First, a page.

The Progressive Development of International Law to Address Public Health Emergency Prevention, Preparedness and Response: The Role of Non-State Standard-Setting Efforts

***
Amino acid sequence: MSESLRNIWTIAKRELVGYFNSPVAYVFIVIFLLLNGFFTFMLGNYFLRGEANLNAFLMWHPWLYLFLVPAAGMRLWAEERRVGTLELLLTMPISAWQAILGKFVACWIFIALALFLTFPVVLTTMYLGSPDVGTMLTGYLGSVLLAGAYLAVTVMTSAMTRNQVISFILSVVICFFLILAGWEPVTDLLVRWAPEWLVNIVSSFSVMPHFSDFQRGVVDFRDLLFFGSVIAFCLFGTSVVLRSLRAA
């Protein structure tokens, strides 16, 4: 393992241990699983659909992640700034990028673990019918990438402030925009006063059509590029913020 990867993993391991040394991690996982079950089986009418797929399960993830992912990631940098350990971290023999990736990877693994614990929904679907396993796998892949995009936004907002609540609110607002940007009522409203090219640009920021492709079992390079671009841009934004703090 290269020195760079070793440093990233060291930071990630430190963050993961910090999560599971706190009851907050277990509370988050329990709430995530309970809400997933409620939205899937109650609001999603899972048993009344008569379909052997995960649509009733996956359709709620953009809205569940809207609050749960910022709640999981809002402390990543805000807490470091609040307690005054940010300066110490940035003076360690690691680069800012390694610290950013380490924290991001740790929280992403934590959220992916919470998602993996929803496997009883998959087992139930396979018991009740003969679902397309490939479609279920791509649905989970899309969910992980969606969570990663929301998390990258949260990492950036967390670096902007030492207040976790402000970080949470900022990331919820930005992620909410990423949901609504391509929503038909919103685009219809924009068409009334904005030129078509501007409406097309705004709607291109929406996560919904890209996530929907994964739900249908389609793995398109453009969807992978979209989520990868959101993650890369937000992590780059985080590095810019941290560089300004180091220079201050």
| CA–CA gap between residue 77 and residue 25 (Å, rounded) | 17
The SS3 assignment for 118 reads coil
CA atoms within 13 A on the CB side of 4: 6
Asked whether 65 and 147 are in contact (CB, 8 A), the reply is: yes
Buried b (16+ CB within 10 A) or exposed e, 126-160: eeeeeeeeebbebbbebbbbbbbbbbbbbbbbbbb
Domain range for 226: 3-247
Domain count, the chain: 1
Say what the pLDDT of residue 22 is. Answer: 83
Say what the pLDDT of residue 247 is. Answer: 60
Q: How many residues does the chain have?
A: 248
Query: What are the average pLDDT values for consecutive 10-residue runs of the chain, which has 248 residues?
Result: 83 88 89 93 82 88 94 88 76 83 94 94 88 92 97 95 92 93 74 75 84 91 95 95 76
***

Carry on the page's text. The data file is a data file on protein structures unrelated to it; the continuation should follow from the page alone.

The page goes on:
Roojin Habibi is a scholar, international consultant and lawyer specialized in global health law, governance and justice. Her dissertation examines the ways through which non-state actors articulate and promote the uptake of expert-derived principles and guidelines across jurisdictions, thereby contributing to progressive developments of international law. She focuses particularly on the contribution of such processes to the development of human rights frameworks applicable to public health emergencies, a key example being the “Siracusa Principles on the Limitation and Derogations Provisions in the International Covenant on Civil and Political Rights” (Siracusa Principles). Developed in 1984 through a consensus-building effort among scholars of international law and convened by a coalition of NGOs, the Siracusa Principles provide the most well-known synthesis of criteria on the lawfulness of restrictions on civil and political rights during national states of exception. While the Principles do not grapple with novel features of emergency responses to public health emergencies, such as the scientific uncertainty underpinning government actions, and the legal and ethical dilemmas posed by long-term or wider use of digital social policy interventions, they nevertheless illustrate how transnational networks of non-state actors can promote the consolidation and development of international guidelines that fill normative voids. Eventually, such guidelines may gain global traction and legitimacy within international law, equipping advocates with tools for government accountability, influencing human rights praxis, and spurring reforms of law at from national to global levels.